Apple picking season has begun in Batlow, a time that is characterised by growth and prosperity, the hard work of so many finally paying off. On the back of the bushfires in January, and with a virus pandemic spreading further each day, orchardists have been left with a new set of challenges this season that they have never had to contend with before.
Ralph Wilson of Wilgro Orchards is optimistic and upbeat, keeping a positive attitude despite the many challenges 2020 has already brought, but he admits it is “sort of a stressful time at the moment.”
“We’re trying to do a job that we normally do, but on top of that, trying to do a job that we’ve never had to do before which is cleaning virtually every bit of gear because it’s all smoke or soot damaged or burnt,” he said.
“And now we’ve come into this coronavirus and we’ve got another set of things we’ve never had to contend with before.
“[There’s] a lot more things going on than normal that’s for sure.”
The bushfires that hit the Snowy Valleys region earlier this year were unprecedented, but despite this, the world has seemed to move on already, with discussions shifting from ‘Australia is burning’ to ‘the virus pandemic.’ Even if conversations have shifted, and the 24-hour news cycle has moved on, the effects of the fires are still very much felt in affected regions, such as Batlow.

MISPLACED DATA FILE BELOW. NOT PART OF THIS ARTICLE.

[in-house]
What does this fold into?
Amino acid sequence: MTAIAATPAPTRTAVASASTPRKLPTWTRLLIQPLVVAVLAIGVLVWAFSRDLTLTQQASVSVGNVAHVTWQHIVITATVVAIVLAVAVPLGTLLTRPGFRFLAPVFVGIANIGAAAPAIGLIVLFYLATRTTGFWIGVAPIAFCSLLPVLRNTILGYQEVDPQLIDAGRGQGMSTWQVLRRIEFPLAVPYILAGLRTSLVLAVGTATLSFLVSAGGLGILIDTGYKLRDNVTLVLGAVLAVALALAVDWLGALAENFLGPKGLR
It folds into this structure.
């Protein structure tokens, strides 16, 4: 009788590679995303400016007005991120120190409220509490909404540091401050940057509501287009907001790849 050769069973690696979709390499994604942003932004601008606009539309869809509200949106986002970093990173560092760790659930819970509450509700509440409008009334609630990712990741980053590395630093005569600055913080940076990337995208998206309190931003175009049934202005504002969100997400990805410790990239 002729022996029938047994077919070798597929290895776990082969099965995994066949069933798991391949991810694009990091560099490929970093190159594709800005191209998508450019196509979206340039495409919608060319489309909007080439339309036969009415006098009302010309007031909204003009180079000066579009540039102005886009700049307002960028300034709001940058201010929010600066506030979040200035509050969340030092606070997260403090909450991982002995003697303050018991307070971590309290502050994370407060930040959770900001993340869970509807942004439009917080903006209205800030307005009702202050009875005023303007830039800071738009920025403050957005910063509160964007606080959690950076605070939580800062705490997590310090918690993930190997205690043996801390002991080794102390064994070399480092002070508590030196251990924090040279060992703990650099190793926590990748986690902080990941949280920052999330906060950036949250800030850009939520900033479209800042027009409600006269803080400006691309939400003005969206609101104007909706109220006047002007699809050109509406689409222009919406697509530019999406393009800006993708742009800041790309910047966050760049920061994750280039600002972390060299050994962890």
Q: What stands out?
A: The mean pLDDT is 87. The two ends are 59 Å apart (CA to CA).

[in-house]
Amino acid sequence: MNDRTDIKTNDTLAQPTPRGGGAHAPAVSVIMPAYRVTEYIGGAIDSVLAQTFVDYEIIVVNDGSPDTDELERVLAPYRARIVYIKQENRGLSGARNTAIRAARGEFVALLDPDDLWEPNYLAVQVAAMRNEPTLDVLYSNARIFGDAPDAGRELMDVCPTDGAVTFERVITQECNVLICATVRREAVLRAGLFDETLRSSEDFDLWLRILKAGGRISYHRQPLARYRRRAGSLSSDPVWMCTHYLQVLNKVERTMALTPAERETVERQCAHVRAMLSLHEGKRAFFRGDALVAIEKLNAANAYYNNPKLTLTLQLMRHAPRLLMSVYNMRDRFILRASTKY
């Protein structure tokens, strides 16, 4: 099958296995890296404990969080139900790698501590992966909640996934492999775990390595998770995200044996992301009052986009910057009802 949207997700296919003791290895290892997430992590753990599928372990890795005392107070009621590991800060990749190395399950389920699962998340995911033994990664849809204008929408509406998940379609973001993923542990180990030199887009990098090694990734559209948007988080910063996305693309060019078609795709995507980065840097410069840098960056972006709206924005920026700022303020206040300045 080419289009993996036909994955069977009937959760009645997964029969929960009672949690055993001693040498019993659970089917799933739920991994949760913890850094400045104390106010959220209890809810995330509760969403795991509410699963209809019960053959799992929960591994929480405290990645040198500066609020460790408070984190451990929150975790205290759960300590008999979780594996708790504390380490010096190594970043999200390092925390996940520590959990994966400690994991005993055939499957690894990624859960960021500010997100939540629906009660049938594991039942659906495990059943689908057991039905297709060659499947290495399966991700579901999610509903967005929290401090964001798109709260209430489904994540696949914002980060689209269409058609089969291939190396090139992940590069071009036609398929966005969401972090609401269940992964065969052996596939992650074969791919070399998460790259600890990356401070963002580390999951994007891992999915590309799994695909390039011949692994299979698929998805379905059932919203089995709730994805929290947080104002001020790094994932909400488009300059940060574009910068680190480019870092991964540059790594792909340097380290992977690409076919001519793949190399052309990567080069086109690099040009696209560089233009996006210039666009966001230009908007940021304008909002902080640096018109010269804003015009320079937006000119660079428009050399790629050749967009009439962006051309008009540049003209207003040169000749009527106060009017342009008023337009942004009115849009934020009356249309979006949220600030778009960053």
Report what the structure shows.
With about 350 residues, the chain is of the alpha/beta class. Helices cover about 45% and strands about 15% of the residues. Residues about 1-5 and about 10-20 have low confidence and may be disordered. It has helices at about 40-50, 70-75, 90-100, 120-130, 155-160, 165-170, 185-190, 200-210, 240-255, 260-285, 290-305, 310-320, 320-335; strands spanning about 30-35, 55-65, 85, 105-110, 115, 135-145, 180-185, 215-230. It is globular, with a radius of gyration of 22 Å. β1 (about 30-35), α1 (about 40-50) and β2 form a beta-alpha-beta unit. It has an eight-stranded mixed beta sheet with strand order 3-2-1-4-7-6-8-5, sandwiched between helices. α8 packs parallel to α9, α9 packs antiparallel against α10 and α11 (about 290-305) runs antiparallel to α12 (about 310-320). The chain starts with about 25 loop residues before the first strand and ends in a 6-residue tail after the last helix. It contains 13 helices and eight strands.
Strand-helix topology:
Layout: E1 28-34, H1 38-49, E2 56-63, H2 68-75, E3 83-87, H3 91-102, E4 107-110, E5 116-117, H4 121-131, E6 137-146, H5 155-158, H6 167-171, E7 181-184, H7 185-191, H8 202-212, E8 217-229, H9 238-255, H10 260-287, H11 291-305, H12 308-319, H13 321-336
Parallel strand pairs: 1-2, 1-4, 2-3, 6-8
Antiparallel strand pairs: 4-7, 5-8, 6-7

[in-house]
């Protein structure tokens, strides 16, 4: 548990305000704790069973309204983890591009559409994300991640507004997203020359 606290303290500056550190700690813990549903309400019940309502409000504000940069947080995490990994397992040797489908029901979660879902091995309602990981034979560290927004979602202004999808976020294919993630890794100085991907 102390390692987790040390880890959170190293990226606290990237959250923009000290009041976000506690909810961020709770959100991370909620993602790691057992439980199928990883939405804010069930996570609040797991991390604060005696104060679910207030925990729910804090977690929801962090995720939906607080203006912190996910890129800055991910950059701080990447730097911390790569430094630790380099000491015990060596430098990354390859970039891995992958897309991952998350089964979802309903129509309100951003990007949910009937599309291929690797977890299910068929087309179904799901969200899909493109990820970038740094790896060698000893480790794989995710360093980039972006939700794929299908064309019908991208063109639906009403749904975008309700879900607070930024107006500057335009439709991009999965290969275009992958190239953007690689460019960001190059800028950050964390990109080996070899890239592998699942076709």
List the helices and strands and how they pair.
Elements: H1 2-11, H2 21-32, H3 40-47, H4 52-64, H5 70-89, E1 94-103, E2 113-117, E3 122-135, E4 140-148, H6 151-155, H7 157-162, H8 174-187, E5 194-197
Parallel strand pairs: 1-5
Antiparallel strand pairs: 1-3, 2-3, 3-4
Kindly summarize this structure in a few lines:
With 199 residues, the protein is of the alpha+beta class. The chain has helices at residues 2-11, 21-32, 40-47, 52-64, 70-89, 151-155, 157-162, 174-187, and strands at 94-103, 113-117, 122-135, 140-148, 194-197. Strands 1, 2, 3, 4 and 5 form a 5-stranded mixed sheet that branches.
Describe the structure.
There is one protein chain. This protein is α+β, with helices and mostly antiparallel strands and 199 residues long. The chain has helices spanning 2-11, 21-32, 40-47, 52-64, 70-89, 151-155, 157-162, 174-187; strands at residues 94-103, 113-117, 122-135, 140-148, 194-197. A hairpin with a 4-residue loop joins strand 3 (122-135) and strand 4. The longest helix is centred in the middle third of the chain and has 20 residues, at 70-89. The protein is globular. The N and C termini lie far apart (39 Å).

“The crop is down, there’s no doubt about that,” Mr Wilson said.
“Our crop is definitely down because of the fire, but also the … really hot weather we’ve had over that time and the fact we were away (from the orchard) for quite some time … and jobs that should have been done weren’t done because of being away for the week of the fires.
“When we came back, we spent a lot of time – and are still spending a lot of time – in recovery and trying to get things back to normal and trying to replace gear and waiting on insurance to finalise, payments, all that sort of thing.”
While still dealing with the effects of the fires, the business has also had to take into account the coronavirus and make changes accordingly.
“The stall is still open and we’re selling apples and cider and vinegar,” Mr Wilson said, “but we’ve obviously had to take a lot more precautions with that.”